The Interbank Money Market and Contagion Risk
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Publication date: 2013-06-30
GNPJE 2013;264(5-6):19-41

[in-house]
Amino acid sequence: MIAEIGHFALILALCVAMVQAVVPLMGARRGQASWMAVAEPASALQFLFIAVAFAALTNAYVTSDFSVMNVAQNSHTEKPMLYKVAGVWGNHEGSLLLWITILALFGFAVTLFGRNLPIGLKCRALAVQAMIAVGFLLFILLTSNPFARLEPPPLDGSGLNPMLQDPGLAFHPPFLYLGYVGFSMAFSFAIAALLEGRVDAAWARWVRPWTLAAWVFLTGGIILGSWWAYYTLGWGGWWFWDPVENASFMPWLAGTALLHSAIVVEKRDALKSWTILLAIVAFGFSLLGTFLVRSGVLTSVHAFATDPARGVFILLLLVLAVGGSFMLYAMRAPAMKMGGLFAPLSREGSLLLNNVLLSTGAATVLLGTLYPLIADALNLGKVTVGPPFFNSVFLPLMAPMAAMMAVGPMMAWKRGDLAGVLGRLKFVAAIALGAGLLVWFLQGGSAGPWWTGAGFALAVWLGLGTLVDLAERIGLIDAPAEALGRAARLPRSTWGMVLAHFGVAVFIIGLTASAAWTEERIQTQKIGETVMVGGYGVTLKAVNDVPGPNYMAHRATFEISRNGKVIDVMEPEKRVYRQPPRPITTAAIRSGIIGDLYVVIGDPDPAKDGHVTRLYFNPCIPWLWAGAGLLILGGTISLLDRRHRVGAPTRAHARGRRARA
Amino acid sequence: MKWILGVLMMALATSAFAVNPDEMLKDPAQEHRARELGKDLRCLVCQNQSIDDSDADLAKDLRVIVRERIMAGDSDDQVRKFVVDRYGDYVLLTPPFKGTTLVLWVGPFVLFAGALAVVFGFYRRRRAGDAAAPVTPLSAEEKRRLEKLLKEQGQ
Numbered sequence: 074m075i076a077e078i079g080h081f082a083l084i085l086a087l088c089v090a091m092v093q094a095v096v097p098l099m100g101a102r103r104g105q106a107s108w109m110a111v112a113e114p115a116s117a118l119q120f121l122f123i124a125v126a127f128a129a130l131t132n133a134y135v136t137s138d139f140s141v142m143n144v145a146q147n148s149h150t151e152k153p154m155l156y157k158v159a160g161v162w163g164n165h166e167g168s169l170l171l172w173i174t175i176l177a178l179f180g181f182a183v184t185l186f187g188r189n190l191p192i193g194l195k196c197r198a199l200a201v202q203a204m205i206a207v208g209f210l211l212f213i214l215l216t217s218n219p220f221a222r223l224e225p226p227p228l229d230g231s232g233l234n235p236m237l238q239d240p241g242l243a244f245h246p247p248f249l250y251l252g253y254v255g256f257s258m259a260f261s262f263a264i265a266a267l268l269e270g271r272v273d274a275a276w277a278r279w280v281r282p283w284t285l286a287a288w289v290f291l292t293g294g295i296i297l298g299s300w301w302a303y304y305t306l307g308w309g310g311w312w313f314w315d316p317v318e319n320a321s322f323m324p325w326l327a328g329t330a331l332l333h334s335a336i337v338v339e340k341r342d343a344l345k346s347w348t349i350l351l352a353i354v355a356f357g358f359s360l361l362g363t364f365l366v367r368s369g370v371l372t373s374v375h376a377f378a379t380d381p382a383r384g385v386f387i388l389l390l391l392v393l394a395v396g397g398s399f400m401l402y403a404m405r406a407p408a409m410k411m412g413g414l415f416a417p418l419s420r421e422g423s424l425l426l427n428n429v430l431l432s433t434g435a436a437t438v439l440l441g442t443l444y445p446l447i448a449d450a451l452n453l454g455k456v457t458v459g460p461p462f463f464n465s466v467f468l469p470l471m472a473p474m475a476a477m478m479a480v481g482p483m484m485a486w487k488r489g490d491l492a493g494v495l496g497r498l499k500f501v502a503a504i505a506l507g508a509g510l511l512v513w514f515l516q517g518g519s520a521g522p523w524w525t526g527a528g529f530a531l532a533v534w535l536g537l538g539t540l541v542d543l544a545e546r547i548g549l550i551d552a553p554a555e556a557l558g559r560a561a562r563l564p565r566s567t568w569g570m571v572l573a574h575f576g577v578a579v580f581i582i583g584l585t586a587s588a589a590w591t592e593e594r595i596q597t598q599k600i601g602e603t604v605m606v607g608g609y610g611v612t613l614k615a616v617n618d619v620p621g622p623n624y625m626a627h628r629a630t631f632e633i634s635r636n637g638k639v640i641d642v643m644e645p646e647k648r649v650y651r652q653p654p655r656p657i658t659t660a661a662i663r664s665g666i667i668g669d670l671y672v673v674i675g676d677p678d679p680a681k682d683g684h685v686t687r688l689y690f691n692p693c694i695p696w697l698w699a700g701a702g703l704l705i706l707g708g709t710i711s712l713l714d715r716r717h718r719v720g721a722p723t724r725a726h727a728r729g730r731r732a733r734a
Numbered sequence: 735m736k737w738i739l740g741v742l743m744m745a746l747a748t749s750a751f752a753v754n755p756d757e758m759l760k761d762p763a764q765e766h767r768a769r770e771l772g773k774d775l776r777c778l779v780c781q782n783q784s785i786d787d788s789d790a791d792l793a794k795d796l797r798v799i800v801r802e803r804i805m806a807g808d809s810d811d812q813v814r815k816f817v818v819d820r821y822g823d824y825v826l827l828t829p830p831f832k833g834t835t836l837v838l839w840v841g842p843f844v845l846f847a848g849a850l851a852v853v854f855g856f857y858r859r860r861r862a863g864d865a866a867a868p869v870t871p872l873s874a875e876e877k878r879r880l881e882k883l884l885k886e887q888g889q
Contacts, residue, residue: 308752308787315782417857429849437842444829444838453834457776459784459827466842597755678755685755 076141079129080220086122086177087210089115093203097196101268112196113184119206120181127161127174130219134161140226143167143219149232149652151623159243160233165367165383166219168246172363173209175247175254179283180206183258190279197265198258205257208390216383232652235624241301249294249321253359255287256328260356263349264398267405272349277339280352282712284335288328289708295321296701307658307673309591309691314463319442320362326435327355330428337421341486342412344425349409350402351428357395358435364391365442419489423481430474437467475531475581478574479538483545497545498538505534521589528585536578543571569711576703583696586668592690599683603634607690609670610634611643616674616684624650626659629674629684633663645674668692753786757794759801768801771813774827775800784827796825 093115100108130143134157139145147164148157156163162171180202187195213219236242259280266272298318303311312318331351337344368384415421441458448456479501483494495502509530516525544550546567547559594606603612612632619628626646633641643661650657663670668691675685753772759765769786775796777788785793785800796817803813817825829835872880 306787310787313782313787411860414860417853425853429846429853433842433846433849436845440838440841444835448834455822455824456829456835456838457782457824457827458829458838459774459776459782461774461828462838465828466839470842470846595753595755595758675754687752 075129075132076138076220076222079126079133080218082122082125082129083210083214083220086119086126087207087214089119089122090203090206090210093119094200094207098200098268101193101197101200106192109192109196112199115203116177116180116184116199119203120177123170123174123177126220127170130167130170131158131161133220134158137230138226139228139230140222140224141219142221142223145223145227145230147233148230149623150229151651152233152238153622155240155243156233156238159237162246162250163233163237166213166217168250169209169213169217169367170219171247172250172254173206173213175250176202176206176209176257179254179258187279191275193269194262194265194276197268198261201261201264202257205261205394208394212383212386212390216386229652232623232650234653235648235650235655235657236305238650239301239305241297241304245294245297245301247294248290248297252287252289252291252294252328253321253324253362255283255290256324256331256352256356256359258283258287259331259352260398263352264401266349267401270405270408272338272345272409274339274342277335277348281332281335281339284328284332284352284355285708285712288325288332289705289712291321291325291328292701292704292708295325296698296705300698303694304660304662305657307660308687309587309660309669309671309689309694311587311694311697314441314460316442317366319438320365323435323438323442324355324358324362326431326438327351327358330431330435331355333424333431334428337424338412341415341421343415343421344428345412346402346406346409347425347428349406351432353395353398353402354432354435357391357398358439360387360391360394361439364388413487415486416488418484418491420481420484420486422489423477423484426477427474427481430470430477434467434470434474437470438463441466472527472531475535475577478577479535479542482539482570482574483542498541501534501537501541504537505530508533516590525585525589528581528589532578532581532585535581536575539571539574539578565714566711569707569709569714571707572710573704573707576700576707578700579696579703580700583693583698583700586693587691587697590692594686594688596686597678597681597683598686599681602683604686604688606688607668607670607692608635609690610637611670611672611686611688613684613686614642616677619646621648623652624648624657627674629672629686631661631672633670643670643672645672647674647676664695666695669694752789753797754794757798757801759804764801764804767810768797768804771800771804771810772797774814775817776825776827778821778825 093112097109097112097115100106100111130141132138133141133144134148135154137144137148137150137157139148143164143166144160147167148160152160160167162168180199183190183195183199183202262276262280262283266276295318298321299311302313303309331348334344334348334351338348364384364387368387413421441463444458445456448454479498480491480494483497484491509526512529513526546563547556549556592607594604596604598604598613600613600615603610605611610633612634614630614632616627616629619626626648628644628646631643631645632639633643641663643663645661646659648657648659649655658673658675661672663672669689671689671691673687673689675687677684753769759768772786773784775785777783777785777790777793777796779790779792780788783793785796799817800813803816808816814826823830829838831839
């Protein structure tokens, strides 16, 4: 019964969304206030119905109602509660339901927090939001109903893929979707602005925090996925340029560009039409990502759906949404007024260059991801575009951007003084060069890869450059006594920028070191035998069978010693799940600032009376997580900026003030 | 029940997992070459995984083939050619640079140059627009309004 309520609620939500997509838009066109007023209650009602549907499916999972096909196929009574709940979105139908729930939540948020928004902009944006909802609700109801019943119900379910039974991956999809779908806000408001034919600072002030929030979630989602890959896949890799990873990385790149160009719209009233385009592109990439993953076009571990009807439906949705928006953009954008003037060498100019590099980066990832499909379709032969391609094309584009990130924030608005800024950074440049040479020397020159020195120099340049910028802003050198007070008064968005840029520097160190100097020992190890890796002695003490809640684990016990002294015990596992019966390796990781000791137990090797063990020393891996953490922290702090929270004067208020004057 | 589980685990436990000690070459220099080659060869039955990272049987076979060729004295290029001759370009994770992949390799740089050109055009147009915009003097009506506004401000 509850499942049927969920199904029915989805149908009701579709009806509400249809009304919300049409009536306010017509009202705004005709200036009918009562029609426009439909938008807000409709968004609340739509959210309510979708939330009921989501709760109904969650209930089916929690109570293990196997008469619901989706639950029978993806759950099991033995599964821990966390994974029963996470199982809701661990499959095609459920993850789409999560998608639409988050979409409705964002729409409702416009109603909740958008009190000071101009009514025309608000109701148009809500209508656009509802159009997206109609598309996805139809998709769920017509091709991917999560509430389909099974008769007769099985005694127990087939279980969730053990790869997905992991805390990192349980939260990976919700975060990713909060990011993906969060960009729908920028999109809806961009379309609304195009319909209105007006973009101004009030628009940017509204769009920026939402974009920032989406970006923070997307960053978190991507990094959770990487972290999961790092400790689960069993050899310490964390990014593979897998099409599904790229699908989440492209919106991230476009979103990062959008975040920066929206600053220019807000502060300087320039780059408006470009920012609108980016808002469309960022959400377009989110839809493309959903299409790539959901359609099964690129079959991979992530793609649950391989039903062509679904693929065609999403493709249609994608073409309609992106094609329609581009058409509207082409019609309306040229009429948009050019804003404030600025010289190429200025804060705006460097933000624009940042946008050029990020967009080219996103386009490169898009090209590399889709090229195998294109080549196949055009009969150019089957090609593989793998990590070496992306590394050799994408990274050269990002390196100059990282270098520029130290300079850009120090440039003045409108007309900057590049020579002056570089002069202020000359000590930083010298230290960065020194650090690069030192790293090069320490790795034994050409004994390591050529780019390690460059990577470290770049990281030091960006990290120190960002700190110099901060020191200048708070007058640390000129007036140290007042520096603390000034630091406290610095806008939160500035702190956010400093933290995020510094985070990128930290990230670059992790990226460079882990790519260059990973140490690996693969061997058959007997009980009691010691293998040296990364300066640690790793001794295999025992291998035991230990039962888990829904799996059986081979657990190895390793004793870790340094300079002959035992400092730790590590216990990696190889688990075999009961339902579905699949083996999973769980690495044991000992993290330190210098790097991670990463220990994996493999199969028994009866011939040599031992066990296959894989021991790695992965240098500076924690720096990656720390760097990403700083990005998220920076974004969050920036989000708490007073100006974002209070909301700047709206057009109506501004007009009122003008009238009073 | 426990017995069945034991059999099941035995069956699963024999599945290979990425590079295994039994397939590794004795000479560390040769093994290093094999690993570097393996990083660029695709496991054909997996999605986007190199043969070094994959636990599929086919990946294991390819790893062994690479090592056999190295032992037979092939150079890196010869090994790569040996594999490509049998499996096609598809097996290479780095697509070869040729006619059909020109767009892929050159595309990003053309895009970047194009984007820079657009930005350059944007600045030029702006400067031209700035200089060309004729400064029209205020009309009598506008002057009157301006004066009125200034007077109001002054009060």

The article analyzes the role of the interbank money market during financial crises. The research method used by the author includes a critical review of theoretical literature and empirical studies. Recently various publications have suggested that the failure of some institutions may have been brought about by banks and their excessive reliance on wholesale funds, the author says. Well-functioning interbank markets effectively channel liquidity from institutions with a surplus of funds to those in need, allowing for more efficient financial intermediation. Financial institutions worldwide have increasingly relied on wholesale funding to supplement demand deposits as a source of funds, thus becoming vulnerable to a sudden dry-up of these sources of funds. The reliance of financial institutions worldwide on short-term wholesale funds is among the possible sources of financial linkages, in addition to common portfolio investors and herding. For many years, the unsecured interbank market has been considered the archetype of an efficient market. Nevertheless, during the latest financial crisis, many of the certainties concerning interbank markets suddenly disappeared. The article reviews the most significant literature on some externalities and their effect on money market malfunctioning. One of the many striking features of the 2007-2009 crisis was a sudden freeze in the market for the rollover of short-term debt due to changes in investor behavior. The common aspects of investor behavior across crisis episodes indicate that they involved Knightian uncertainty (i.e., immeasurable risk) and not merely an increase in risk exposure, the author says. He adds that uncertainties in the financial system were transmitted to the real economy after the collapse of Lehman Brothers as expectations of future credit tightening, higher precautionary savings and the postponement of investment took a sudden and widespread toll on global demand.
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